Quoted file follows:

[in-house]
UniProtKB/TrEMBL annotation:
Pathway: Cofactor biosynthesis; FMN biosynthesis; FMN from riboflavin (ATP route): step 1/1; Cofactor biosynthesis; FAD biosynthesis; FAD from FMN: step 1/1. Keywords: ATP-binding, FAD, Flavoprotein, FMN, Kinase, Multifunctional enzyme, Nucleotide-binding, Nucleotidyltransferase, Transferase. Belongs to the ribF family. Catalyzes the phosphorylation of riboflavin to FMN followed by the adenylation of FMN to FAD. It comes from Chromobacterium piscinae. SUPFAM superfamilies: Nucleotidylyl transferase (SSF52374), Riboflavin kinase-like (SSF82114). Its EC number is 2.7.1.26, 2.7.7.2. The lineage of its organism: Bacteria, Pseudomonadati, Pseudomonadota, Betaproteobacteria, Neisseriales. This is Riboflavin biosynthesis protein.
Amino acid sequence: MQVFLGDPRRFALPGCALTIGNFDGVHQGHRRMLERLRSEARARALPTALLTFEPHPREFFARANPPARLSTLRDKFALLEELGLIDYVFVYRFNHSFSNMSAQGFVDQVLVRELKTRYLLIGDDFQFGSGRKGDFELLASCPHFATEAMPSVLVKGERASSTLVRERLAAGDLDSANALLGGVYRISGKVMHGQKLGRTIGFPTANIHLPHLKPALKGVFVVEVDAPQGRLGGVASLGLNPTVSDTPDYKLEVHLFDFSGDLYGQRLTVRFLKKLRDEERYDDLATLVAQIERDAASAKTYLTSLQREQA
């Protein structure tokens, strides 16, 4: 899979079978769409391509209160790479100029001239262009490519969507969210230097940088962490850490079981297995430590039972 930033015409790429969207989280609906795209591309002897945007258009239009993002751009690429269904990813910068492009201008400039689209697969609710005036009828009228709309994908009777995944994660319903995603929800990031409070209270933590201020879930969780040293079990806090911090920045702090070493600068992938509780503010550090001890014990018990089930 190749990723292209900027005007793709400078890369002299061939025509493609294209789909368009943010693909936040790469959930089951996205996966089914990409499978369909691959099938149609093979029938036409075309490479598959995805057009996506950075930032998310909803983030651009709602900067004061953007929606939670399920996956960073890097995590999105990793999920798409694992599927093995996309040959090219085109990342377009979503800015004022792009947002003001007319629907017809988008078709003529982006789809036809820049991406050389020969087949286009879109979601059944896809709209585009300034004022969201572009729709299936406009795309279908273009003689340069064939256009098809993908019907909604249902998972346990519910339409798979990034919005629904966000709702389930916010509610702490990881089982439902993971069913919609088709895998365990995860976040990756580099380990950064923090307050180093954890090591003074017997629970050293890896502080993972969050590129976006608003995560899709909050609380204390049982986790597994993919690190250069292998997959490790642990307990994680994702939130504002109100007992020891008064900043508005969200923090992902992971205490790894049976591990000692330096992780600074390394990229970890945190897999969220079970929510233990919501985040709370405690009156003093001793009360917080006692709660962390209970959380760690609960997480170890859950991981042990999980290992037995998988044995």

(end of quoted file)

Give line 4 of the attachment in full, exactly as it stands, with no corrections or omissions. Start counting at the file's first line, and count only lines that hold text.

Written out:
Amino acid sequence: MQVFLGDPRRFALPGCALTIGNFDGVHQGHRRMLERLRSEARARALPTALLTFEPHPREFFARANPPARLSTLRDKFALLEELGLIDYVFVYRFNHSFSNMSAQGFVDQVLVRELKTRYLLIGDDFQFGSGRKGDFELLASCPHFATEAMPSVLVKGERASSTLVRERLAAGDLDSANALLGGVYRISGKVMHGQKLGRTIGFPTANIHLPHLKPALKGVFVVEVDAPQGRLGGVASLGLNPTVSDTPDYKLEVHLFDFSGDLYGQRLTVRFLKKLRDEERYDDLATLVAQIERDAASAKTYLTSLQREQA